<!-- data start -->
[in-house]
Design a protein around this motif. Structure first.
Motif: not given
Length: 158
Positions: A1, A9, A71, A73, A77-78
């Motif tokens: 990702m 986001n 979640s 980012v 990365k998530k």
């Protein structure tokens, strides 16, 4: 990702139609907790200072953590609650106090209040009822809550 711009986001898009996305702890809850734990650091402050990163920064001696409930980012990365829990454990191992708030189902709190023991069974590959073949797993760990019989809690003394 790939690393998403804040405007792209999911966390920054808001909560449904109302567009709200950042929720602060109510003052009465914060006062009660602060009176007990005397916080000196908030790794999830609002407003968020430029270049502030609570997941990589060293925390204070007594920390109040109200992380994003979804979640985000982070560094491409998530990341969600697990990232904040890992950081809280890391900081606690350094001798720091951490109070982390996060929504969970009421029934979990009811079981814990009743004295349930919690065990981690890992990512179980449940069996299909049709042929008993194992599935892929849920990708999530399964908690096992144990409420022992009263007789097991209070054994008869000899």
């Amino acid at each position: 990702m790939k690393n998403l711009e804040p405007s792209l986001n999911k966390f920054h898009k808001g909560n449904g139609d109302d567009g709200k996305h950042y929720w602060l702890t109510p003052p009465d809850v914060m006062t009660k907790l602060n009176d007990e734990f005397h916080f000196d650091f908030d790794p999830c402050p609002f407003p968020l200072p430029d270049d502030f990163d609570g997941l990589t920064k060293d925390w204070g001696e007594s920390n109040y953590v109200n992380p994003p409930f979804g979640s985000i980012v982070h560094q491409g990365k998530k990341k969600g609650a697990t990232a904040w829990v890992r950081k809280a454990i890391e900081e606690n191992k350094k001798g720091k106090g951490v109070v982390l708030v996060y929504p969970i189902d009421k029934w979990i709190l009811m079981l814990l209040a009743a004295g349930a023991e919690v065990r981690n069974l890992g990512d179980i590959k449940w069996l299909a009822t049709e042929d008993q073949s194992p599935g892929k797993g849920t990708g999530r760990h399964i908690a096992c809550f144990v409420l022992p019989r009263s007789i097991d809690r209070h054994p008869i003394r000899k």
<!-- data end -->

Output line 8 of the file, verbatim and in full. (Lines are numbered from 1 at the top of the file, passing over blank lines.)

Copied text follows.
């Amino acid at each position: 990702m790939k690393n998403l711009e804040p405007s792209l986001n999911k966390f920054h898009k808001g909560n449904g139609d109302d567009g709200k996305h950042y929720w602060l702890t109510p003052p009465d809850v914060m006062t009660k907790l602060n009176d007990e734990f005397h916080f000196d650091f908030d790794p999830c402050p609002f407003p968020l200072p430029d270049d502030f990163d609570g997941l990589t920064k060293d925390w204070g001696e007594s920390n109040y953590v109200n992380p994003p409930f979804g979640s985000i980012v982070h560094q491409g990365k998530k990341k969600g609650a697990t990232a904040w829990v890992r950081k809280a454990i890391e900081e606690n191992k350094k001798g720091k106090g951490v109070v982390l708030v996060y929504p969970i189902d009421k029934w979990i709190l009811m079981l814990l209040a009743a004295g349930a023991e919690v065990r981690n069974l890992g990512d179980i590959k449940w069996l299909a009822t049709e042929d008993q073949s194992p599935g892929k797993g849920t990708g999530r760990h399964i908690a096992c809550f144990v409420l022992p019989r009263s007789i097991d809690r209070h054994p008869i003394r000899k």